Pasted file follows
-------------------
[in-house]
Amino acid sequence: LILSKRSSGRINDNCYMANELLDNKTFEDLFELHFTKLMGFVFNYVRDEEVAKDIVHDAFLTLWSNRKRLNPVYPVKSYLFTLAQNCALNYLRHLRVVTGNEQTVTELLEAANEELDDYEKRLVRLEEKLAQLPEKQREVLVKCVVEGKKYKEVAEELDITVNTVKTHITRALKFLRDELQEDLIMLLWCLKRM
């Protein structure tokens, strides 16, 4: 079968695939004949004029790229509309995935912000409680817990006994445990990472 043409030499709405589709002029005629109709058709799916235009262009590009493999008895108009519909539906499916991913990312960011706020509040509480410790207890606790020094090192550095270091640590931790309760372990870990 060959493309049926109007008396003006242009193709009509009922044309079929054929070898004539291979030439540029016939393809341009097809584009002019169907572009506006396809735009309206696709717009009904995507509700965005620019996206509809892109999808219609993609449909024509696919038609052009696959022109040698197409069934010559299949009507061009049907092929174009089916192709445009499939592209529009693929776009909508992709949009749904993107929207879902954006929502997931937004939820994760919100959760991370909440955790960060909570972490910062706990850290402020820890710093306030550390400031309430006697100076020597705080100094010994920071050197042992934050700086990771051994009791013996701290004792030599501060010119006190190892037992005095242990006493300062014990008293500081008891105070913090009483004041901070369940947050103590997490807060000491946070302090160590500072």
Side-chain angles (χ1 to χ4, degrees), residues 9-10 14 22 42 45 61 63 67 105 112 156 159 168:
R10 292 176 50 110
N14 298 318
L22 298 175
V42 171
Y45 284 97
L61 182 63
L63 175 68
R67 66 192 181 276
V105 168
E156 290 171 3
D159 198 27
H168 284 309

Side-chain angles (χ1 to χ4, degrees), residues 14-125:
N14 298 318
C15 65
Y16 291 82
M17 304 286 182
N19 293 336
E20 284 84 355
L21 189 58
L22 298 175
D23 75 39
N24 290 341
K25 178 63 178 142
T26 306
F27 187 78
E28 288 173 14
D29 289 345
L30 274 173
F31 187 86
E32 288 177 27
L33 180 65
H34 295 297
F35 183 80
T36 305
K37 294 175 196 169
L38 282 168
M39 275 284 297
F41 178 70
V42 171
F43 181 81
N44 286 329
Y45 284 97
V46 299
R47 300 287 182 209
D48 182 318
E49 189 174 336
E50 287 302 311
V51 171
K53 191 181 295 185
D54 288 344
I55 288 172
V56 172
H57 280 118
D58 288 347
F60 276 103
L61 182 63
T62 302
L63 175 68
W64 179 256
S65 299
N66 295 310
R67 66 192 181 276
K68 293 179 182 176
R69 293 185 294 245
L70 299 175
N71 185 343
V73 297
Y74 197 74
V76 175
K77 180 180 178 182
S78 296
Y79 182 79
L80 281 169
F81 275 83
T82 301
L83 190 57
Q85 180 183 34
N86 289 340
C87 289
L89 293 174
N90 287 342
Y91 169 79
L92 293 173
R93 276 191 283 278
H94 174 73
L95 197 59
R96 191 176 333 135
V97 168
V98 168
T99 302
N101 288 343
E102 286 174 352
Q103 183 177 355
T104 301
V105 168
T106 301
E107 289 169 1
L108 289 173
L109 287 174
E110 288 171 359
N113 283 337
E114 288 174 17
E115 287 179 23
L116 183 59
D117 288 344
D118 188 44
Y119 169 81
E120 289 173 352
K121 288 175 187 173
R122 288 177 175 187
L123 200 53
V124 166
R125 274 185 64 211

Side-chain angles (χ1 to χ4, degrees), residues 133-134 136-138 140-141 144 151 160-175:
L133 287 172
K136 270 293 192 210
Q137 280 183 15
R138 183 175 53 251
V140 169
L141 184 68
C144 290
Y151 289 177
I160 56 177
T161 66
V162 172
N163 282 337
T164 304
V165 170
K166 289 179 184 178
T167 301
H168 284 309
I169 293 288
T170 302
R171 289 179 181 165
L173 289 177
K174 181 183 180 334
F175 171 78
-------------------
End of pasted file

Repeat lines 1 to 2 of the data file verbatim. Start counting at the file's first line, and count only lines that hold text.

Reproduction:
[in-house]
Amino acid sequence: LILSKRSSGRINDNCYMANELLDNKTFEDLFELHFTKLMGFVFNYVRDEEVAKDIVHDAFLTLWSNRKRLNPVYPVKSYLFTLAQNCALNYLRHLRVVTGNEQTVTELLEAANEELDDYEKRLVRLEEKLAQLPEKQREVLVKCVVEGKKYKEVAEELDITVNTVKTHITRALKFLRDELQEDLIMLLWCLKRM